Usually, small amounts of lead will not cause significant harm to the body. However, if the amount of lead in the body accumulates, this is where lead poisoning occurs. It may take several years before lead poisoning occurs – but it can also happen in as little as a few months or even days.

If you are worried that you may be suffering from lead poisoning, how do you know?

Symptoms of Lead Poisoning


It is not very common for people to experience lead poisoning after only being exposed to it once. However, with repeated exposure, there are many symptoms that may occur to indicate that the body has been exposed to too much lead.

The symptoms that adults experience are usually different from the ones that will be observed in children. Some of the symptoms that adults may experience include:

  • Headaches
  • Constipation
  • Fatigue
  • Loss of memory
  • Anemia
  • Abdominal cramps
  • Loss of appetite
  • High blood pressure

Symptoms that are common in children include:

  • Delay in growth
  • Low grades in school
  • Behavioral problems
  • Hearing problems
  • Learning difficulties (may be short-term or long-term)
  • Low IQ
  • Mental retardation that seems to be unexpected

If the quantity of lead in the body is extremely severe, more intense symptoms may be experienced. In fact, lead poisoning can be fatal if left untreated.

How Lead Poisoning Is Treated


Although you or a medical professional may suspect lead poisoning, there is only one way to confirm it – a blood test. This will determine exactly how much lead is in the blood and whether the levels have become toxic.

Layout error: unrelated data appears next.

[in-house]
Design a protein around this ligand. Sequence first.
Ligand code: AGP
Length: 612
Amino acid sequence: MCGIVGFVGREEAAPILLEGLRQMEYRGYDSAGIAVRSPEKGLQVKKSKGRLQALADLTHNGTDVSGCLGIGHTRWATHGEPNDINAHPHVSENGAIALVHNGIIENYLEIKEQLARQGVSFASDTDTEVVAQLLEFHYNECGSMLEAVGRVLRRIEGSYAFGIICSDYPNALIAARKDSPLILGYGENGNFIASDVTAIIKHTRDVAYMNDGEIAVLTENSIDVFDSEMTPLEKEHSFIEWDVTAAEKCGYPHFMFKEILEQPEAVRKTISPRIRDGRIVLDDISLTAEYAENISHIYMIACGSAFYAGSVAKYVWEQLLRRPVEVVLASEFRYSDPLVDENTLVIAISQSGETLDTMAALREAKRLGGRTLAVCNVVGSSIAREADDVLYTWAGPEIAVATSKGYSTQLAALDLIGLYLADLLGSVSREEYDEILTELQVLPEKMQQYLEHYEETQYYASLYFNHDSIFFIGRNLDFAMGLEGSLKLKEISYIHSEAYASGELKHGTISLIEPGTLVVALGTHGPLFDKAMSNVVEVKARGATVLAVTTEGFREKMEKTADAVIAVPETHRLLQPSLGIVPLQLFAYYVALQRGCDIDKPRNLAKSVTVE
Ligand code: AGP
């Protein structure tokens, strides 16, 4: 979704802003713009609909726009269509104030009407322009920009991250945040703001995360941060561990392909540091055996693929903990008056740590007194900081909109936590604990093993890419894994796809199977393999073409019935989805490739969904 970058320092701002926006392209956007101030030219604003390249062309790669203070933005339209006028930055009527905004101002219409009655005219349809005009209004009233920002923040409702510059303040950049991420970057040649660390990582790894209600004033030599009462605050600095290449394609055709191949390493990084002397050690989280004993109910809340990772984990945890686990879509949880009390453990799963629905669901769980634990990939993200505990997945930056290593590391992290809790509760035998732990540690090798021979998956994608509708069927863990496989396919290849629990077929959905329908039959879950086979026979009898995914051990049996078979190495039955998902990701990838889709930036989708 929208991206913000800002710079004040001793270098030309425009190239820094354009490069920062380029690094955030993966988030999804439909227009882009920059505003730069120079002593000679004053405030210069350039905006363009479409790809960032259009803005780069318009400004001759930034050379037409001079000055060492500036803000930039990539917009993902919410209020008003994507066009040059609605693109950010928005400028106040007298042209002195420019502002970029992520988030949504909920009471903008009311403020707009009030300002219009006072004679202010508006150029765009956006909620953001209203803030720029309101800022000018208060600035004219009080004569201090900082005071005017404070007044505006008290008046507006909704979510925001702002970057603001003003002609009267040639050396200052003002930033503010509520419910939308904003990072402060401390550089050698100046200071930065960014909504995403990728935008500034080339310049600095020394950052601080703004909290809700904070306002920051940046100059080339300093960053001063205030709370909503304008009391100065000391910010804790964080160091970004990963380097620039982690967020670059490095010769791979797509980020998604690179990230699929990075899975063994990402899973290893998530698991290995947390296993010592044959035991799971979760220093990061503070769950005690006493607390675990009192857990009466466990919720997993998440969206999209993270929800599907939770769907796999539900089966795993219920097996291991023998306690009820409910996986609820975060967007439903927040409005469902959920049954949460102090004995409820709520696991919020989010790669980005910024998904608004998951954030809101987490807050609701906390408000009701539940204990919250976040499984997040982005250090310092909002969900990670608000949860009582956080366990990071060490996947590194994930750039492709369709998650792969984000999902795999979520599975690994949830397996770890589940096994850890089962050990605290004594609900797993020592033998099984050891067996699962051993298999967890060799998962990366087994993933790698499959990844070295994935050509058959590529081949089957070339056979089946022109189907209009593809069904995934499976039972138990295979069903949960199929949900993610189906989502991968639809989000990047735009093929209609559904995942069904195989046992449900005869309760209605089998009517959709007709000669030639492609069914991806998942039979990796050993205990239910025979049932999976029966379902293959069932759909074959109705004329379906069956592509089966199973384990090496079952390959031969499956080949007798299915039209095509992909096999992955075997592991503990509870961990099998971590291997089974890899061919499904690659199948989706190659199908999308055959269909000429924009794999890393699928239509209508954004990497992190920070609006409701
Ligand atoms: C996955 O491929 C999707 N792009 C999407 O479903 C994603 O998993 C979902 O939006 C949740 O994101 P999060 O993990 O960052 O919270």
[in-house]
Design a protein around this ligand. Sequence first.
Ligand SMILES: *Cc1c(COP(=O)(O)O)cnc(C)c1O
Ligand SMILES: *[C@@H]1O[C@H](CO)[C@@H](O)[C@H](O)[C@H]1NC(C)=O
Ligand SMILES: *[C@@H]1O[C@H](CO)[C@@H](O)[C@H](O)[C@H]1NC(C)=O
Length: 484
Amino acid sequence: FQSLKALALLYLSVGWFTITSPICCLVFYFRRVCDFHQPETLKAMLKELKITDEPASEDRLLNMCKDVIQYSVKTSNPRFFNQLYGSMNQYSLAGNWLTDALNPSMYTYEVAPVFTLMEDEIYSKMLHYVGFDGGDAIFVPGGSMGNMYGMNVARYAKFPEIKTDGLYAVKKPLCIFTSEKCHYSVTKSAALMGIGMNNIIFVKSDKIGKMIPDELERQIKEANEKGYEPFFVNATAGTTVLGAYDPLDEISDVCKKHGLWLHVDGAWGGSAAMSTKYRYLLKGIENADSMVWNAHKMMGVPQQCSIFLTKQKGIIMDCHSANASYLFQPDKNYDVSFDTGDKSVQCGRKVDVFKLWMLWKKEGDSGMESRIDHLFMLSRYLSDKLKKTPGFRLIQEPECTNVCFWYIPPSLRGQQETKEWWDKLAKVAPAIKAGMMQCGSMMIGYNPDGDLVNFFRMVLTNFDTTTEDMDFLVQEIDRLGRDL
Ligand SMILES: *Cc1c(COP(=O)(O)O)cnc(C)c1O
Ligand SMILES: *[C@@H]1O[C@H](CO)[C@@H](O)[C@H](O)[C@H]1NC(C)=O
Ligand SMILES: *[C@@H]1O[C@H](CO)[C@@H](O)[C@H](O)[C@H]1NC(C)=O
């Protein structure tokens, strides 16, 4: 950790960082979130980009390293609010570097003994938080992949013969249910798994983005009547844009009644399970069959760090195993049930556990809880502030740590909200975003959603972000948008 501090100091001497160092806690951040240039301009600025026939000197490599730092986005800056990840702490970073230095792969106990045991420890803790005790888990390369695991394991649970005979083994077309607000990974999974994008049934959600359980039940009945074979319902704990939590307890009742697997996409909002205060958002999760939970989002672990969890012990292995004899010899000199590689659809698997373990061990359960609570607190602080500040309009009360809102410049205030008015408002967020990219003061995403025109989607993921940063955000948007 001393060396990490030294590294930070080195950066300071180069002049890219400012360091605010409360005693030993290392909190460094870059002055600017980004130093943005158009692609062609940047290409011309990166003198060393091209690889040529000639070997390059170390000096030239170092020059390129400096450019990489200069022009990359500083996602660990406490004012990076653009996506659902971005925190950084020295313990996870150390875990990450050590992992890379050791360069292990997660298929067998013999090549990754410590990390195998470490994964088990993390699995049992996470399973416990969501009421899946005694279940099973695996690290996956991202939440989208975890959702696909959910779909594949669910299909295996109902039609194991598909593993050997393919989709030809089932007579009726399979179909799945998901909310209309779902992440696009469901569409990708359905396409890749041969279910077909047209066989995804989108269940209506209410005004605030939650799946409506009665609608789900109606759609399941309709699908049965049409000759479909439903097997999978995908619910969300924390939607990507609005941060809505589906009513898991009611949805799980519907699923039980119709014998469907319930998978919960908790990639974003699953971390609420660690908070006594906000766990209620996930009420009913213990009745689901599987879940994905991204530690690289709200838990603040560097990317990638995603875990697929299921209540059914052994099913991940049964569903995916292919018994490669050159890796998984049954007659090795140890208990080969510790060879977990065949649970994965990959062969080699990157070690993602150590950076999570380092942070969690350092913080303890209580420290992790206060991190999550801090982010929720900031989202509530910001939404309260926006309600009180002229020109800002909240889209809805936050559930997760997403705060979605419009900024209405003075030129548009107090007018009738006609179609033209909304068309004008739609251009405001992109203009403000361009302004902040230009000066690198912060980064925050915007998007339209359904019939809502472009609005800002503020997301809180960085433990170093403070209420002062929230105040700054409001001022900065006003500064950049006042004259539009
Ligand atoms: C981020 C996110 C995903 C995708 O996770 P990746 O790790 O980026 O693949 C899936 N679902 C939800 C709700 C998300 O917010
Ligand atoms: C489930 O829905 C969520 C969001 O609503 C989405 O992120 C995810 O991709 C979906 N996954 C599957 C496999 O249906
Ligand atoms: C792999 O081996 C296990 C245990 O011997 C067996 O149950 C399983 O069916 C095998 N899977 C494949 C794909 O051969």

Once lead poisoning has been diagnosed, your physician will recommend that you get rid of the source of contamination. If the case is severe, you may have to undergo a procedure known as chelation therapy. This removes the lead from your body via urine. Activated charcoal may also be used to help eliminate the lead. However, some symptoms, especially those in children, may be irreversible.

How Can You Prevent Lead Poisoning?



Queens Lead Poisoning Attorney

There are many things you can do to prevent lead poisoning. Here are a few tips that you may find useful:

  • Try to keep your home dust-free.
  • Try not to purchase painted toys and canned items from foreign countries
  • Avoid areas that have lead-based paint
  • If you do not have a filtration system on your pipes, test your water regularly for lead.
  • Make sure that your child is tested for lead poisoning, especially between the ages of 1 and 2.

If you or a loved one has been diagnosed with lead poisoning due to the negligence of another, you may be able to hold them liable and receive needed compensation. Learn what options are available to you by getting in touch with a knowledgeable New York personal injury who knows how to get you results as soon as possible.

* Prior results cannot and do not guarantee a similar outcome.